A litigation expert with experience on some of New Zealand’s most well-known cases has left Russell McVeagh to join boutique firm Anderson Creagh Lai as a director.
Simon Cogan says he was attracted to the firm because of its unique “lean” model that allows it to assemble case or project specific teams to resource bigger jobs.
This means the firm can gear up for the large jobs without the permanent overheads, and choose a team on a best-skills basis.
“I guess it’s a case of wanting to take the experience from 14 years in the big firm environment and use it in a new environment with a bit more flexibility – there is the same quality of people,” Cogan told NZ Lawyer
“You can be a bit more bespoke about how you resource a particular job. You can tailor things to fit and so there are a lot of opportunities in this space for firms like this to do things in a more flexible way.”
Cogan worked at Russell McVeagh
for six years, before jumping over to London – a trail trodden by many Kiwi lawyers, he says – to work at Ashurst for two years.
He then returned to New Zealand and Russell McVeagh
right at the start of the GFC, in 2008.
High-pressure environments like this always throw up a raft of interesting issues, and it’s important to be light on your feet and become increasingly creative with solutions, he says.
“I’m one of those lawyers who has never been interested in anything but litigation. It was my whole reason for doing law in the first place. I like solving problems and I like the advocacy aspect of it, so I single-mindedly went after it.”
Cogan has worked on some of the most major public cases throughout his years as a litigator, including acting for Pyne Gould Corporation Limited in the Canterbury Earthquakes Royal Commission of Inquiry, and advising the International Rugby Board in connection with the Rugby World Cup 2011.
He says the most notorious case he’s been involved in would have to be in the mid-2000s when he acted for the French agents who bombed the Rainbow Warrior.
“In 2005 it was the 20th
anniversary of the bombing and TVNZ wanted to access to a video in the court file that was opposed by the agents, and we acted for them. That went on to the Supreme Court and raised interesting issues of public interest and privacy problems,” Cogan says. “It was a real time capsule.”
His appointment at Anderson Creagh Lai was in response to the firm’s growth over the past three years to the point where specialist litigation experience was needed to supplement the commercial and property advisory aspects.
And although in the past the firm’s focus has been on business and commercial law, it has been doing an increasing amount of litigation support and disputes work, often for the bar on reverse briefs and in complex commercial and property disputes.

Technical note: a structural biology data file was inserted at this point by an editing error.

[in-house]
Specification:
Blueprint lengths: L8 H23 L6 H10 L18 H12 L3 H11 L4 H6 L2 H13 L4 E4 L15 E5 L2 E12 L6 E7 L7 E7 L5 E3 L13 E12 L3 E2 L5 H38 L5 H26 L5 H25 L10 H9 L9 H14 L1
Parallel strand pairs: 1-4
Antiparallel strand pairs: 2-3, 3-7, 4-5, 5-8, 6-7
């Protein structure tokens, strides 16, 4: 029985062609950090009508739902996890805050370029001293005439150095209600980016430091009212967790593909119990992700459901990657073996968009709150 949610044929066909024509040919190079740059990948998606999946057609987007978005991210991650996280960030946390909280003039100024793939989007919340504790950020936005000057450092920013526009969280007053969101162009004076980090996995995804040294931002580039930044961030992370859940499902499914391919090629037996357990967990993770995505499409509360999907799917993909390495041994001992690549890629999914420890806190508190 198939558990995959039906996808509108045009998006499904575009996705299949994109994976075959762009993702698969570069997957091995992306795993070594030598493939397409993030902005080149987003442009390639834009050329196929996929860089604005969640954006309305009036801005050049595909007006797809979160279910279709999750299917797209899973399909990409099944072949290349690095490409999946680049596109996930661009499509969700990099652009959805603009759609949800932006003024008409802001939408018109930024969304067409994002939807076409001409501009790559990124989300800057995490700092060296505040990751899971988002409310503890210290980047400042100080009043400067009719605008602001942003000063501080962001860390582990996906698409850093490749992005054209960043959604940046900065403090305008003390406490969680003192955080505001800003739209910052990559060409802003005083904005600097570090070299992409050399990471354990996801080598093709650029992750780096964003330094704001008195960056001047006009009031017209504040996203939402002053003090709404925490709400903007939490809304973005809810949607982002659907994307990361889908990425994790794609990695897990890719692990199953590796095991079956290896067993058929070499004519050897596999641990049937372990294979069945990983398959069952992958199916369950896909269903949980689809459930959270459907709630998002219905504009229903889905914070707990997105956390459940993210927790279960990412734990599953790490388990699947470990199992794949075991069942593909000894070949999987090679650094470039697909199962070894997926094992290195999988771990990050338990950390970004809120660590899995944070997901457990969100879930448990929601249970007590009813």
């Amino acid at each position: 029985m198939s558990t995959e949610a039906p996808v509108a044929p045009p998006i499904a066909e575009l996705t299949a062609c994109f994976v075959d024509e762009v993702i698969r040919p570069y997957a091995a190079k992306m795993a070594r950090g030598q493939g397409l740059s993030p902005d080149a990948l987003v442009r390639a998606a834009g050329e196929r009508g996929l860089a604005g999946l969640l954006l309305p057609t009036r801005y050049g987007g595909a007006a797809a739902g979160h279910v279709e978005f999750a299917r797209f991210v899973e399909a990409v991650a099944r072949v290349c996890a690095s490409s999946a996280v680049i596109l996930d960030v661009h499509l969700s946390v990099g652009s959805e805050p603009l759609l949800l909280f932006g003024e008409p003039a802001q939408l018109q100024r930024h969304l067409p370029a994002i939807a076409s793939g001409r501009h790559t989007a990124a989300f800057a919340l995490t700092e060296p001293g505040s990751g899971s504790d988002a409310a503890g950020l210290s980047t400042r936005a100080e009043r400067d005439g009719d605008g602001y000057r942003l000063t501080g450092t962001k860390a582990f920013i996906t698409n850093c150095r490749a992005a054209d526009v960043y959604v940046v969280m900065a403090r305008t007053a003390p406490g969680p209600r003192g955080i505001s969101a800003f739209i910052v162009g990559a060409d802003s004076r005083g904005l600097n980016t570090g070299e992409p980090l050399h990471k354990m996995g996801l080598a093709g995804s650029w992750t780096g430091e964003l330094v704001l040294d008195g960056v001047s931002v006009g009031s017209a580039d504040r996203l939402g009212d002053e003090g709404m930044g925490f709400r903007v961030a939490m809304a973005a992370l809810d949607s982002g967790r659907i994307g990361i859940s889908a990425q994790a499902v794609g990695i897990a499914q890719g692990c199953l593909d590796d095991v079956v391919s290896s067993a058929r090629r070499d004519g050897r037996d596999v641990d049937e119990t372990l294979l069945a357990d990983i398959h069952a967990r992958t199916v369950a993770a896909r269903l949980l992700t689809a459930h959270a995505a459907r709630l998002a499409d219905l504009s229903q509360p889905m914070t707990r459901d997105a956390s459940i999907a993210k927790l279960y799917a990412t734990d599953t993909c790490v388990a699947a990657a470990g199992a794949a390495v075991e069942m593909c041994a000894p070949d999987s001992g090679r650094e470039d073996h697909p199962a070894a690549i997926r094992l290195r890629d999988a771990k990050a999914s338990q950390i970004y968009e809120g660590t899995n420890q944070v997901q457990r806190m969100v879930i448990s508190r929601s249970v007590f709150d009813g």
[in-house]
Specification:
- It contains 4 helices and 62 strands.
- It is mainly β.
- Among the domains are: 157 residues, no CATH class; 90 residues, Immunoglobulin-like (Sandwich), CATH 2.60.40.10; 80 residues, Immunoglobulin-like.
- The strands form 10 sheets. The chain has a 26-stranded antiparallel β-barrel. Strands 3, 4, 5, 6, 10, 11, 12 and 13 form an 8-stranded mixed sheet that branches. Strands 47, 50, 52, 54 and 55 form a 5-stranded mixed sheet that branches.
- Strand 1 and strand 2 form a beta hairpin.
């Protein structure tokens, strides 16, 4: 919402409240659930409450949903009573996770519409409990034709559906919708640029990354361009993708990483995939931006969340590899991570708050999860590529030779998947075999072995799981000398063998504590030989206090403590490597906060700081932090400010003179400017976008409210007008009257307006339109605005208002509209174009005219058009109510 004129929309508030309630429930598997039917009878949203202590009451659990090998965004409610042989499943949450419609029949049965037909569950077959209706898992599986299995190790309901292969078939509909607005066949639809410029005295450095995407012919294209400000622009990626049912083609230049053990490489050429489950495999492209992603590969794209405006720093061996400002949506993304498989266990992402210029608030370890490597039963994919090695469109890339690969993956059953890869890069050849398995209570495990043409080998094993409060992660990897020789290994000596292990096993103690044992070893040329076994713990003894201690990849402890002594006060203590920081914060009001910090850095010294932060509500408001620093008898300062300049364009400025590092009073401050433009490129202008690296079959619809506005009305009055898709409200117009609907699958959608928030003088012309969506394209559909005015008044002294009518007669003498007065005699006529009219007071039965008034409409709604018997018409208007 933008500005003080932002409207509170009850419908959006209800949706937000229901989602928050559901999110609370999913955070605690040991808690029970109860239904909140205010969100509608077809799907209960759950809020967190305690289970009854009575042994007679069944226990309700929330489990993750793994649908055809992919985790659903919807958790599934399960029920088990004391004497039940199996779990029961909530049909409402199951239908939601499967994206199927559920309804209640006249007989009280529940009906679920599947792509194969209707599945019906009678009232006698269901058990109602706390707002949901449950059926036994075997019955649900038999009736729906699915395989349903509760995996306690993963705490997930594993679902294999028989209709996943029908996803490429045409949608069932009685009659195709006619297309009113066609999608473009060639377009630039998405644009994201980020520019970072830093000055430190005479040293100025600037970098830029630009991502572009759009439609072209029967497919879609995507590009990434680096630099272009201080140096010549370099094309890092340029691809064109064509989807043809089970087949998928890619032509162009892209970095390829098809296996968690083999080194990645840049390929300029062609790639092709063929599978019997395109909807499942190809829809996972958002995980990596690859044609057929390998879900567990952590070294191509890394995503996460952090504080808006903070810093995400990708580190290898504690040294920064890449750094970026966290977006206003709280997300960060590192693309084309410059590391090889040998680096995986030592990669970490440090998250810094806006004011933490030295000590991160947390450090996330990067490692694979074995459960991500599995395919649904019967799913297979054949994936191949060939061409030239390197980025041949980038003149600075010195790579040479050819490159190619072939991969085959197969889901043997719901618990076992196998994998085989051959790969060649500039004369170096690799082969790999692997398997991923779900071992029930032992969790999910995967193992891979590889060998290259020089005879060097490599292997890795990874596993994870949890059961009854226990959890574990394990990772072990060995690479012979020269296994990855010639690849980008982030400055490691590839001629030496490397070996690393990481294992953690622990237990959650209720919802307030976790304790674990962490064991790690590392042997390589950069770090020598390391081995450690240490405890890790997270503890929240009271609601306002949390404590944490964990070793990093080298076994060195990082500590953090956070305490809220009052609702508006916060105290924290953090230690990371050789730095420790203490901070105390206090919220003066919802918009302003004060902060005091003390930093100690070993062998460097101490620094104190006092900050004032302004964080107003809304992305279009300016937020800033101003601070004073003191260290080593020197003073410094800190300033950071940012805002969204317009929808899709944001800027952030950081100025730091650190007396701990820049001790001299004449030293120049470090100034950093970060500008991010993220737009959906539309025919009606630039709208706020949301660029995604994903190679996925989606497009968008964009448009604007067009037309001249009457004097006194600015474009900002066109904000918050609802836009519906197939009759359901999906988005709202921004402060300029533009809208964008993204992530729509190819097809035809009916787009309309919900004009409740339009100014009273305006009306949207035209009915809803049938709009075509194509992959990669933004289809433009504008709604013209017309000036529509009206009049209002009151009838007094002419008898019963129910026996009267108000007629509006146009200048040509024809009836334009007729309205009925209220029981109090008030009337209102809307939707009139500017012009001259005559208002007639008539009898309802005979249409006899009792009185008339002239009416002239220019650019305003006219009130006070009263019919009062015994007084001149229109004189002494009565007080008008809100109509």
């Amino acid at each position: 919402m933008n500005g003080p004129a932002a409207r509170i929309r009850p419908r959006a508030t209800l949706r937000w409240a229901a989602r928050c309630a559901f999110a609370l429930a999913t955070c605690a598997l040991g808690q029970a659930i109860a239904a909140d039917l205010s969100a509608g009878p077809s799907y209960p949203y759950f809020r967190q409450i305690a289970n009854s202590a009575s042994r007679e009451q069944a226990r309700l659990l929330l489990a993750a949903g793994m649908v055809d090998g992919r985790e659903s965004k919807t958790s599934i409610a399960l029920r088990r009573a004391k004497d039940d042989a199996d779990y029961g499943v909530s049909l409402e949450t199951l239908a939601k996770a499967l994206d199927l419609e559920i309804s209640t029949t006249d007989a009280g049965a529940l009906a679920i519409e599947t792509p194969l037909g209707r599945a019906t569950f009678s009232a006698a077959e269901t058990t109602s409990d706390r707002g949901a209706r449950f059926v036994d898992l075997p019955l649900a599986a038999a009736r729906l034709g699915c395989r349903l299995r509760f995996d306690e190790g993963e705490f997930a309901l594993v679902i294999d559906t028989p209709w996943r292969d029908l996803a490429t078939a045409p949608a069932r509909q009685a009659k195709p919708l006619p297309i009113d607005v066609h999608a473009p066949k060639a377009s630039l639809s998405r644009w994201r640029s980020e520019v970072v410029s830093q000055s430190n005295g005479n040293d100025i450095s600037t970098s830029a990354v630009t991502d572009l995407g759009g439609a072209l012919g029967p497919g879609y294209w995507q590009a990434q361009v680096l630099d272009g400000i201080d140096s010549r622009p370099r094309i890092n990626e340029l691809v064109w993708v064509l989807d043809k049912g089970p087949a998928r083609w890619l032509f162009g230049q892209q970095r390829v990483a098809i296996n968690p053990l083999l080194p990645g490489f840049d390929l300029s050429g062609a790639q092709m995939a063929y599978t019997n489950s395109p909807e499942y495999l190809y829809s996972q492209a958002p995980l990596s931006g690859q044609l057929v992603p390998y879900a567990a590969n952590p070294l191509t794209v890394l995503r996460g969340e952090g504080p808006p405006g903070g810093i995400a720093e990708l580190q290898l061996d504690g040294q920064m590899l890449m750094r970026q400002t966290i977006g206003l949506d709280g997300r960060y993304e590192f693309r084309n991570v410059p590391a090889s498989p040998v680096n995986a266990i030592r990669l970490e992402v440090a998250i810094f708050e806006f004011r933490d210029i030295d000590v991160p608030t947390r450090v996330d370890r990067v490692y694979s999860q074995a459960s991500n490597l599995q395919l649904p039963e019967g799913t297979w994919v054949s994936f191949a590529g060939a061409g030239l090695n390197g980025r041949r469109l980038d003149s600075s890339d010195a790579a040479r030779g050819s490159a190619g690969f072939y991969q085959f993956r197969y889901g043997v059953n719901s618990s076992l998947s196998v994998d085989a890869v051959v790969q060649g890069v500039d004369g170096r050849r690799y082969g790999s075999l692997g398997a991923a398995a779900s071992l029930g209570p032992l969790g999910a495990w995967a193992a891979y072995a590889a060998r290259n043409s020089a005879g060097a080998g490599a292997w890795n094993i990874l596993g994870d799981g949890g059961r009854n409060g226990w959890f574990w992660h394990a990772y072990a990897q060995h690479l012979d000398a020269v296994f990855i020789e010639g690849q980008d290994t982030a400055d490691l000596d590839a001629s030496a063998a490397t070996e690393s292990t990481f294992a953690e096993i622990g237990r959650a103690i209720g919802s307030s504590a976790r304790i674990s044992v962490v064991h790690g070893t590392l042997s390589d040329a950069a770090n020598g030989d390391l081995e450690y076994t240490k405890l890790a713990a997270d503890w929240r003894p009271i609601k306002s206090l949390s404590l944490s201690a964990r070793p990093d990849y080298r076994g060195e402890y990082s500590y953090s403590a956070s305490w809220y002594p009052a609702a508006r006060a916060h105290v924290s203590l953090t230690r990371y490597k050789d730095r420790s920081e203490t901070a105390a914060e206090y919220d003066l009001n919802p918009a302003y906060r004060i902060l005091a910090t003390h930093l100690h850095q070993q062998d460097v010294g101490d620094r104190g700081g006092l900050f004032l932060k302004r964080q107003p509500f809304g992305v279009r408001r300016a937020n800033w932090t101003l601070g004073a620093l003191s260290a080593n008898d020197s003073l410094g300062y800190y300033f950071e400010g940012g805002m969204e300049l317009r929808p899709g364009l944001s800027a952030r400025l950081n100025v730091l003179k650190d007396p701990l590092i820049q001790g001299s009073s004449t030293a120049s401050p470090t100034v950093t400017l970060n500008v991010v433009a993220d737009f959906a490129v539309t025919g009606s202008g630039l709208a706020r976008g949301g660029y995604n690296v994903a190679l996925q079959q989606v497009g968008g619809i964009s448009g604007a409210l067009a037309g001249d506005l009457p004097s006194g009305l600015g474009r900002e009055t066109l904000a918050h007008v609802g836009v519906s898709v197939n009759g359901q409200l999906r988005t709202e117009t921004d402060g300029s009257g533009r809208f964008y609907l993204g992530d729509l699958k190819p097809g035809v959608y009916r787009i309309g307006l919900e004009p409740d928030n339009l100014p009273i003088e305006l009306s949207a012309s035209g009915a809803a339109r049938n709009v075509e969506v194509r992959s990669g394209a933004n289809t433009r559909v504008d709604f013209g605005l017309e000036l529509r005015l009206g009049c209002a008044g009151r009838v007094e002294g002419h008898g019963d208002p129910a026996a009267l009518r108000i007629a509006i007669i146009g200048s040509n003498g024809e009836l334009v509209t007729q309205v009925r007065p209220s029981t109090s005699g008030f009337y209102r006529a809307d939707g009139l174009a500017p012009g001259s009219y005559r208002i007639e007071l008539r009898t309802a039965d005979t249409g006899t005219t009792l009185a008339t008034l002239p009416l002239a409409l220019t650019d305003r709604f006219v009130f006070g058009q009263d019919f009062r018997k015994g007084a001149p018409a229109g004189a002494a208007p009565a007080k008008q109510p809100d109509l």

“[The litigation] is a practice that came to be valued quite highly by the senior bar who have responded favourably to having solicitors who have a depth in instructing. There has been an organic growth. Litigation was the next logical step, and we’ve got the in-house expertise to resource these instructions,” says Cogan.
After about a week in the job, he says it’s been striking to see just how well a smaller model that doesn’t take a “one size fits all” approach functions.
“Where the opportunities are is with things that are a little bit leaner but with the ability to scale up and build a team to service an individual instruction. It means the client gets a tailored solution rather than an off the peg you might get with one of the big firms,” he says.
“[It gives] the opportunity to be responsive to client needs and the senior bar as well, who are looking for instructing solicitors that are collaborative and add value.”
It’s the way firms of the future are heading as users of legal services become more sophisticated and want the ability to pick and mix on demand, says Cogan, before adding that there will always be a place for a one stop shop model too.
“I think it’s inevitable. I don’t think there is going to be a complete sea change in the legal market, but increasingly the status quo is going to change and there is a re-calibration taking place,” he says.
“I’ve been aware of the fact there are new and different ways of doing it and it’s good to challenge preconceptions of what’s the right way of servicing a job. For me, it was certainly interesting during my big firm years to observe how responsive that leaner model could be in litigation.”